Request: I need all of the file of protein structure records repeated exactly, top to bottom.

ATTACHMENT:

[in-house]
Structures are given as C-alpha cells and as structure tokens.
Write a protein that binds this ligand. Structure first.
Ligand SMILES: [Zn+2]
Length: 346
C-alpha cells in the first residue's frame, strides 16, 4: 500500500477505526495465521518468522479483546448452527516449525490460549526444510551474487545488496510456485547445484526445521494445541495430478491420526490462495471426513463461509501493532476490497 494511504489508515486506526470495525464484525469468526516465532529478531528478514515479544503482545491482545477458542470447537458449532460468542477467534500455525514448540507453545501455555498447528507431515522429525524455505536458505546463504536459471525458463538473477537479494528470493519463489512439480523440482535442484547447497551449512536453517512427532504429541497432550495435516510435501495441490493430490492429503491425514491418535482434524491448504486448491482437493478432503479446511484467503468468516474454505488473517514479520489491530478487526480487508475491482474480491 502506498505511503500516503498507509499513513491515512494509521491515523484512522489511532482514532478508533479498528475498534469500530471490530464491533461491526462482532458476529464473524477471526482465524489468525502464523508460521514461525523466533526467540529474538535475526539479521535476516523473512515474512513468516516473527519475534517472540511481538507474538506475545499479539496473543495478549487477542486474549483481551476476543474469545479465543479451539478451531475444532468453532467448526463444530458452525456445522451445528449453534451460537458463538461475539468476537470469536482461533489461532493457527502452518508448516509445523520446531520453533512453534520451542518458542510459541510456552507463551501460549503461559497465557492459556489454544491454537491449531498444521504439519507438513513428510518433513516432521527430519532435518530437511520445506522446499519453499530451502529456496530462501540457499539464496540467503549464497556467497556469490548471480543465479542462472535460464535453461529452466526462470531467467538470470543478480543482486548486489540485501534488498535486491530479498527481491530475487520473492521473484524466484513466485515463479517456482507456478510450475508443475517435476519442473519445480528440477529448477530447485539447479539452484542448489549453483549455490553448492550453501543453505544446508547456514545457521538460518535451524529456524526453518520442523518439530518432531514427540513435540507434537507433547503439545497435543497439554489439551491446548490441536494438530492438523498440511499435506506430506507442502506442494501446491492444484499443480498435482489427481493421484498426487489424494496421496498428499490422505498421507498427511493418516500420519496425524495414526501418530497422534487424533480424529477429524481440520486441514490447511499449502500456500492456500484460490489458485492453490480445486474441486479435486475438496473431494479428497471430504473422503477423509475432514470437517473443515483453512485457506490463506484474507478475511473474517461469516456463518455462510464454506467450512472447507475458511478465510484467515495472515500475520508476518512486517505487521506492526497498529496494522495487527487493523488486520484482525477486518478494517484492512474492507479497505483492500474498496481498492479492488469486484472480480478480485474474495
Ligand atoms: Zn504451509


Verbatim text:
[in-house]
Structures are given as C-alpha cells and as structure tokens.
Write a protein that binds this ligand. Structure first.
Ligand SMILES: [Zn+2]
Length: 346
C-alpha cells in the first residue's frame, strides 16, 4: 500500500477505526495465521518468522479483546448452527516449525490460549526444510551474487545488496510456485547445484526445521494445541495430478491420526490462495471426513463461509501493532476490497 494511504489508515486506526470495525464484525469468526516465532529478531528478514515479544503482545491482545477458542470447537458449532460468542477467534500455525514448540507453545501455555498447528507431515522429525524455505536458505546463504536459471525458463538473477537479494528470493519463489512439480523440482535442484547447497551449512536453517512427532504429541497432550495435516510435501495441490493430490492429503491425514491418535482434524491448504486448491482437493478432503479446511484467503468468516474454505488473517514479520489491530478487526480487508475491482474480491 502506498505511503500516503498507509499513513491515512494509521491515523484512522489511532482514532478508533479498528475498534469500530471490530464491533461491526462482532458476529464473524477471526482465524489468525502464523508460521514461525523466533526467540529474538535475526539479521535476516523473512515474512513468516516473527519475534517472540511481538507474538506475545499479539496473543495478549487477542486474549483481551476476543474469545479465543479451539478451531475444532468453532467448526463444530458452525456445522451445528449453534451460537458463538461475539468476537470469536482461533489461532493457527502452518508448516509445523520446531520453533512453534520451542518458542510459541510456552507463551501460549503461559497465557492459556489454544491454537491449531498444521504439519507438513513428510518433513516432521527430519532435518530437511520445506522446499519453499530451502529456496530462501540457499539464496540467503549464497556467497556469490548471480543465479542462472535460464535453461529452466526462470531467467538470470543478480543482486548486489540485501534488498535486491530479498527481491530475487520473492521473484524466484513466485515463479517456482507456478510450475508443475517435476519442473519445480528440477529448477530447485539447479539452484542448489549453483549455490553448492550453501543453505544446508547456514545457521538460518535451524529456524526453518520442523518439530518432531514427540513435540507434537507433547503439545497435543497439554489439551491446548490441536494438530492438523498440511499435506506430506507442502506442494501446491492444484499443480498435482489427481493421484498426487489424494496421496498428499490422505498421507498427511493418516500420519496425524495414526501418530497422534487424533480424529477429524481440520486441514490447511499449502500456500492456500484460490489458485492453490480445486474441486479435486475438496473431494479428497471430504473422503477423509475432514470437517473443515483453512485457506490463506484474507478475511473474517461469516456463518455462510464454506467450512472447507475458511478465510484467515495472515500475520508476518512486517505487521506492526497498529496494522495487527487493523488486520484482525477486518478494517484492512474492507479497505483492500474498496481498492479492488469486484472480480478480485474474495
Ligand atoms: Zn504451509